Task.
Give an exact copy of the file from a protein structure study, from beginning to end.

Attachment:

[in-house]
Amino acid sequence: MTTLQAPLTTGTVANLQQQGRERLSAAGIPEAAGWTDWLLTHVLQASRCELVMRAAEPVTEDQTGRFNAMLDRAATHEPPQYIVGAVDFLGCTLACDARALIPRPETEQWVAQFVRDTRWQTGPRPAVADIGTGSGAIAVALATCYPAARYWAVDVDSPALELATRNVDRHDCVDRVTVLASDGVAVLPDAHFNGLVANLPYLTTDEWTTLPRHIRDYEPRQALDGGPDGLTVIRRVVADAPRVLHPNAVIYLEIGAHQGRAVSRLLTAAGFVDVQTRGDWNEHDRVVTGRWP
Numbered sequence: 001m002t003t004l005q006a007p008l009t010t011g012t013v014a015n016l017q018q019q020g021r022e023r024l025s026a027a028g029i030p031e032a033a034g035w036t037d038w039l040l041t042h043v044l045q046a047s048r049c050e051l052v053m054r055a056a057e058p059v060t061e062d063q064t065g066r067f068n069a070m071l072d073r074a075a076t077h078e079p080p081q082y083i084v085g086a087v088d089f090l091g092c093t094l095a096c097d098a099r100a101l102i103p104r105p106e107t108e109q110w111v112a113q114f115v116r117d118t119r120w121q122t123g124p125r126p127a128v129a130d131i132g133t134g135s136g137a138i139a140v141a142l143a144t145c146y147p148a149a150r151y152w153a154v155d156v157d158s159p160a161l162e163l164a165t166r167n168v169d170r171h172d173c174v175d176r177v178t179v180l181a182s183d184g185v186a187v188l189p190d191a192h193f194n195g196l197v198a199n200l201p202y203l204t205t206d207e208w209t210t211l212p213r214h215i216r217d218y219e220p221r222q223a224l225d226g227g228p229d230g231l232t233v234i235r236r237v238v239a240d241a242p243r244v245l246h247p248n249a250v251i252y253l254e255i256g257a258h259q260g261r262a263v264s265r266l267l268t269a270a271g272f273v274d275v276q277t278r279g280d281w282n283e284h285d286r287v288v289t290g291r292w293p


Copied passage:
[in-house]
Amino acid sequence: MTTLQAPLTTGTVANLQQQGRERLSAAGIPEAAGWTDWLLTHVLQASRCELVMRAAEPVTEDQTGRFNAMLDRAATHEPPQYIVGAVDFLGCTLACDARALIPRPETEQWVAQFVRDTRWQTGPRPAVADIGTGSGAIAVALATCYPAARYWAVDVDSPALELATRNVDRHDCVDRVTVLASDGVAVLPDAHFNGLVANLPYLTTDEWTTLPRHIRDYEPRQALDGGPDGLTVIRRVVADAPRVLHPNAVIYLEIGAHQGRAVSRLLTAAGFVDVQTRGDWNEHDRVVTGRWP
Numbered sequence: 001m002t003t004l005q006a007p008l009t010t011g012t013v014a015n016l017q018q019q020g021r022e023r024l025s026a027a028g029i030p031e032a033a034g035w036t037d038w039l040l041t042h043v044l045q046a047s048r049c050e051l052v053m054r055a056a057e058p059v060t061e062d063q064t065g066r067f068n069a070m071l072d073r074a075a076t077h078e079p080p081q082y083i084v085g086a087v088d089f090l091g092c093t094l095a096c097d098a099r100a101l102i103p104r105p106e107t108e109q110w111v112a113q114f115v116r117d118t119r120w121q122t123g124p125r126p127a128v129a130d131i132g133t134g135s136g137a138i139a140v141a142l143a144t145c146y147p148a149a150r151y152w153a154v155d156v157d158s159p160a161l162e163l164a165t166r167n168v169d170r171h172d173c174v175d176r177v178t179v180l181a182s183d184g185v186a187v188l189p190d191a192h193f194n195g196l197v198a199n200l201p202y203l204t205t206d207e208w209t210t211l212p213r214h215i216r217d218y219e220p221r222q223a224l225d226g227g228p229d230g231l232t233v234i235r236r237v238v239a240d241a242p243r244v245l246h247p248n249a250v251i252y253l254e255i256g257a258h259q260g261r262a263v264s265r266l267l268t269a270a271g272f273v274d275v276q277t278r279g280d281w282n283e284h285d286r287v288v289t290g291r292w293p